Tags: Cross Currents, Grailville, Joe and Sally Cuneen, Mary Louise Birminham, The Grail in the USA, William Birmingham
As baby-boomers like me get older, we increasingly suffer the loss of dear friends and beloved mentors. Of course, it’s not only in the later decades of life that these things happen; one of the Grail women who influenced me most, Eleanor Walker, died in 1979. But it certainly gets more frequent.
Two members of the generation ahead of mine whom I loved dearly were Bill and Mary Louise Birmingham. Life-long New Yorkers and Catholic intellectuals, they encouraged me to pursue the post-working-class life of reading and writing that I yearned for. Mary Louise died four years ago, just short of her ninetieth birthday. Bill followed recently.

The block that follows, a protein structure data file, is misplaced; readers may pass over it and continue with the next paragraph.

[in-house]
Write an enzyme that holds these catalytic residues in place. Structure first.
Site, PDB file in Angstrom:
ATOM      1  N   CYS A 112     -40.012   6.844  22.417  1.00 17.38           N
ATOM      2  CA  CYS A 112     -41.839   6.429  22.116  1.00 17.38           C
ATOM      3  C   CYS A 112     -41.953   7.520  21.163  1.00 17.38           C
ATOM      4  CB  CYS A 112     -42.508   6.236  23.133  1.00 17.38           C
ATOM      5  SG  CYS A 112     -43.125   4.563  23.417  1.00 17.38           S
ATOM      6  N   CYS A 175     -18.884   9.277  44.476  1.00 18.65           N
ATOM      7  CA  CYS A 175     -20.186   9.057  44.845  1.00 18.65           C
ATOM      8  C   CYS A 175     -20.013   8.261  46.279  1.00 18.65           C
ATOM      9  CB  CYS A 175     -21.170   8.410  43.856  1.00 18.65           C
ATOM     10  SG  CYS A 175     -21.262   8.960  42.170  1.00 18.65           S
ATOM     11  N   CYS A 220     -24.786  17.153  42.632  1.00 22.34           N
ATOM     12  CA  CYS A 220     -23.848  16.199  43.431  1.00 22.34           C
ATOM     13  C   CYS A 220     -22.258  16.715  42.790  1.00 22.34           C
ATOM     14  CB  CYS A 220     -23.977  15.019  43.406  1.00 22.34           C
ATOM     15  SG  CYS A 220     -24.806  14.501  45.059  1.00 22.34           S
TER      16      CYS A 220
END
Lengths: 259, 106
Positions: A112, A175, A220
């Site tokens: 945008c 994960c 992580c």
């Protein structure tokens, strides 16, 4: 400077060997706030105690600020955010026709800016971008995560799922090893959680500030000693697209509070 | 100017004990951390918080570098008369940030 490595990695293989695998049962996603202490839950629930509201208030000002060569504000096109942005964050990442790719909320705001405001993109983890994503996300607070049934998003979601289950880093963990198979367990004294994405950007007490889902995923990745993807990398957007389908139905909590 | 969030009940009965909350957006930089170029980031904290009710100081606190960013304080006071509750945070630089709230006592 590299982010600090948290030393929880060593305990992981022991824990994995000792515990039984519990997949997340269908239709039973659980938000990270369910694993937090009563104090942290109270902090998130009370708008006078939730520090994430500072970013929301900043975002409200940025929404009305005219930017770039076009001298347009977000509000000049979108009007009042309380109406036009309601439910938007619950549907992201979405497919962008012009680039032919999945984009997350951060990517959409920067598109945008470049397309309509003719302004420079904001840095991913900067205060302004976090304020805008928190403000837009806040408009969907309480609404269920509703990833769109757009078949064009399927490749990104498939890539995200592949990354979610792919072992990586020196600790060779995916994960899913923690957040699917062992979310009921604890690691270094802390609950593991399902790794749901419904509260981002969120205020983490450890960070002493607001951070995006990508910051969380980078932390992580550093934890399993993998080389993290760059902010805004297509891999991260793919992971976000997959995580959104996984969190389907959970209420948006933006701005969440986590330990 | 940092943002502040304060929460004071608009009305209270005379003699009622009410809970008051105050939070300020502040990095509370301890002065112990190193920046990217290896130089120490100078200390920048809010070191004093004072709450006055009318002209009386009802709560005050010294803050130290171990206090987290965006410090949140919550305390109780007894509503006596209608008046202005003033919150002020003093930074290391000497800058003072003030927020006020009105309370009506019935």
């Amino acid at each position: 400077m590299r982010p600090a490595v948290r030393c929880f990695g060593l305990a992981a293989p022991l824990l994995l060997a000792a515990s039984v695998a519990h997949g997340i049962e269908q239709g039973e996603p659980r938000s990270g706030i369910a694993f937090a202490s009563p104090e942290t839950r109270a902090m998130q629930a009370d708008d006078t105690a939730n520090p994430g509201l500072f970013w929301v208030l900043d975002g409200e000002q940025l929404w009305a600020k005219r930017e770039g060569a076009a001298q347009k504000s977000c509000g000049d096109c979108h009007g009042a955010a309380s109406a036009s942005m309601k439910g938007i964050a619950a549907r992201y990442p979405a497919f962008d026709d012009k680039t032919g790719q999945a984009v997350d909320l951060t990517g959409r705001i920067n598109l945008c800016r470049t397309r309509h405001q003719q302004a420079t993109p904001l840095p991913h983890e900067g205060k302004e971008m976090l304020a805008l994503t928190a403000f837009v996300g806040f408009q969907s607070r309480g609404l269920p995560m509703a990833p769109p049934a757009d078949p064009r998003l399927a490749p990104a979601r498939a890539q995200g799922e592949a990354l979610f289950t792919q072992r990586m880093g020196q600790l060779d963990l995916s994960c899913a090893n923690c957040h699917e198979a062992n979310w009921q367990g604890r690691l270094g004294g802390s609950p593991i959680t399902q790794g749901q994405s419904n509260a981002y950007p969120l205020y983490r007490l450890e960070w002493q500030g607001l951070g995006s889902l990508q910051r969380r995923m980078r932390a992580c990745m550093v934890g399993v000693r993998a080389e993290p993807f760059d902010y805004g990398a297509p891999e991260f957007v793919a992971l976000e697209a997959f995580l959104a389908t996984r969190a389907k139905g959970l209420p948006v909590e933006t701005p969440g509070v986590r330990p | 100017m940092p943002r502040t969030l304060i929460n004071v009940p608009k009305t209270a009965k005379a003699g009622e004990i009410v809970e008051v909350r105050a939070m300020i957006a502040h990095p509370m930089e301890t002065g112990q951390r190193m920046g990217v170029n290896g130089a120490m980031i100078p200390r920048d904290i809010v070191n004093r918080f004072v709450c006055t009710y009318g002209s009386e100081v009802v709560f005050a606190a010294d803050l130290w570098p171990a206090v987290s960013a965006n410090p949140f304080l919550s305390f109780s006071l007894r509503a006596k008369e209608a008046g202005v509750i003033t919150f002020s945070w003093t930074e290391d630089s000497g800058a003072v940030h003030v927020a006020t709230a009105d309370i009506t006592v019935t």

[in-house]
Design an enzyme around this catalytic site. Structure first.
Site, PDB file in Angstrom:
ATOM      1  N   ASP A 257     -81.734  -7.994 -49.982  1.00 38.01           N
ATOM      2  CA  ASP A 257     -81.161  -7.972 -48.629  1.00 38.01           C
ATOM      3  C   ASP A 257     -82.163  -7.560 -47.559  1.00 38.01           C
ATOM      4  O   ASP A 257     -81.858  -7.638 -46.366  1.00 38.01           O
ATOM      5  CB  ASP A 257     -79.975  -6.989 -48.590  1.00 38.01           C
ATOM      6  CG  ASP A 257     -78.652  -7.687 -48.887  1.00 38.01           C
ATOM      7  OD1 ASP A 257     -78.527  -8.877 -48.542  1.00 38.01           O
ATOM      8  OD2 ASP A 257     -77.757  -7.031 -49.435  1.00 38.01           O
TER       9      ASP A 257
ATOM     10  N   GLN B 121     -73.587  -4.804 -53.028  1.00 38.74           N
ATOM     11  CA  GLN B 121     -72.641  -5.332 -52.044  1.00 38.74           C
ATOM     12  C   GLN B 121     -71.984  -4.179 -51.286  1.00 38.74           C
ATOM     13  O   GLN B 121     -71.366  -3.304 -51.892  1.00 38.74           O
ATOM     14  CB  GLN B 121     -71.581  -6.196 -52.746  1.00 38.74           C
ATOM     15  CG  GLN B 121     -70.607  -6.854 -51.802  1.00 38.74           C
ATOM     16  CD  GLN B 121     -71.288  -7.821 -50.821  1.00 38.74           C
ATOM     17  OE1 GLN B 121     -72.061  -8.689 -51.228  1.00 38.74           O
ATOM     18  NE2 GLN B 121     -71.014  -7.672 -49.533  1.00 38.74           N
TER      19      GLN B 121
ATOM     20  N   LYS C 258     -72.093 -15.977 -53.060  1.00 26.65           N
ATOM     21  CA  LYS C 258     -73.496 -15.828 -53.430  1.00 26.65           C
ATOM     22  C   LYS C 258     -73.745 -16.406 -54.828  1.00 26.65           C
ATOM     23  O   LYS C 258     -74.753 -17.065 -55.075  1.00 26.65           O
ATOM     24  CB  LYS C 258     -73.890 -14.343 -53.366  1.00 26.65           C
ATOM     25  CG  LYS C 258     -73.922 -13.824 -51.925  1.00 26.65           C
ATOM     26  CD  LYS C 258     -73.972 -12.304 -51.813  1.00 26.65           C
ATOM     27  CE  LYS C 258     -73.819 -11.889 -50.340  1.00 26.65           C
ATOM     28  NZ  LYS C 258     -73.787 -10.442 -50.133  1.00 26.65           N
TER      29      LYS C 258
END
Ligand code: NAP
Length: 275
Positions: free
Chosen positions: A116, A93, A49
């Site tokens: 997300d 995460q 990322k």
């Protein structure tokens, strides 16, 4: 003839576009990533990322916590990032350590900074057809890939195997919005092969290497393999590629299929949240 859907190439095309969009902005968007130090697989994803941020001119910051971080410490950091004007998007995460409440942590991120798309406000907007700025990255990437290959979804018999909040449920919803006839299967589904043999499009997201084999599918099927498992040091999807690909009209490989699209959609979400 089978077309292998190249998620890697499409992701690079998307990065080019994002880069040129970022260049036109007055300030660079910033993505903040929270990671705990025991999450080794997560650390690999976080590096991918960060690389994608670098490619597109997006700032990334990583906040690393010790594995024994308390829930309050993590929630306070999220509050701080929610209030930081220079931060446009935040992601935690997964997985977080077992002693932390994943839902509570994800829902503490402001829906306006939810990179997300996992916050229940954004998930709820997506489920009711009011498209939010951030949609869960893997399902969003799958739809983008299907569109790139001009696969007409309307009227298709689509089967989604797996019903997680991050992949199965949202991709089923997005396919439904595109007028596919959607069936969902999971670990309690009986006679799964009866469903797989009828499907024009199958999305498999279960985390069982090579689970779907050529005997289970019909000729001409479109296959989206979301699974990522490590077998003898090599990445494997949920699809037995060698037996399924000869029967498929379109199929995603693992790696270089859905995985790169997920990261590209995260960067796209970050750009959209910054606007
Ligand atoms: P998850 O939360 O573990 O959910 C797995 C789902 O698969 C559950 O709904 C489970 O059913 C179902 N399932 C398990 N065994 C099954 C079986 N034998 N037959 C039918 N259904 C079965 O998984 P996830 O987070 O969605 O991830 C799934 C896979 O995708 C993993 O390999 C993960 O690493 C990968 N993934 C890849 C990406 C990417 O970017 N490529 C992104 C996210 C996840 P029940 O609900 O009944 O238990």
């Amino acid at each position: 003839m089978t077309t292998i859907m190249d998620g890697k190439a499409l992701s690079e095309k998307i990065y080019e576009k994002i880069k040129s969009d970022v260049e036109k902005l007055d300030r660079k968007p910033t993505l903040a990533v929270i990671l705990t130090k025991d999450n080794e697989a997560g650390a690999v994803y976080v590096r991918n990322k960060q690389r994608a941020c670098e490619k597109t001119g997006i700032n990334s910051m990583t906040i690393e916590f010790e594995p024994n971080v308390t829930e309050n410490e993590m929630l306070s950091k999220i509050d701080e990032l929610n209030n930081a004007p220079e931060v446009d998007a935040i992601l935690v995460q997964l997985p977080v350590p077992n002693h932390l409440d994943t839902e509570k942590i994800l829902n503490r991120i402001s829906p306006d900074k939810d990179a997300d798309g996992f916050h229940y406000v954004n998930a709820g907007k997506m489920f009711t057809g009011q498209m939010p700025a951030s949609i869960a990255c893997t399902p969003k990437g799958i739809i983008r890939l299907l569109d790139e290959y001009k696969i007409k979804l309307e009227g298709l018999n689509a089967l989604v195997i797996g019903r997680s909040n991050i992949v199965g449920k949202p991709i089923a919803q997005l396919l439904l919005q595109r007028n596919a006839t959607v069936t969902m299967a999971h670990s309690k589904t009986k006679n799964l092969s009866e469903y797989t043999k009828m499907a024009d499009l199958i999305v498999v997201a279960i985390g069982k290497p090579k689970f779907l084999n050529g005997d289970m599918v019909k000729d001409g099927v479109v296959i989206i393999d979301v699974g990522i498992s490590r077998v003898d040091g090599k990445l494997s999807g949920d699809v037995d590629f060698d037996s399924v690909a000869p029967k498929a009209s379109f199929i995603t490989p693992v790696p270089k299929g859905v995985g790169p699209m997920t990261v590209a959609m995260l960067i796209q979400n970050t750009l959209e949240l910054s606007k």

The following is a memorial for Bill that I wrote for Gumbo, the newsletter of the Grail in the U.S.
I first met Bill Birmingham and his wife Mary Louise at Grailville in the late 1960s. They were there leading a program; I don’t remember the theme, but I definitely remember them. I still have a copy of a contrapuntal reading that Bill put together for that program or one soon after, about the Holocaust. One side of group read aloud “And praised be the Lord,” and the other side responded “Auschwitz.” And then the first side said again “And praised be the Lord,” and the second side responded, “Buchenwald.” And so on. I can still hear it.
When I moved back to New York from Ohio in 1983 I began going to visit Bill and Mary Louise at their apartment in Stuyvesant Town, on the East Side of Manhattan. They had moved back to the city from New Jersey after their five kids were grown. We became good friends. They were both enormously kind to me. And interesting. And funny.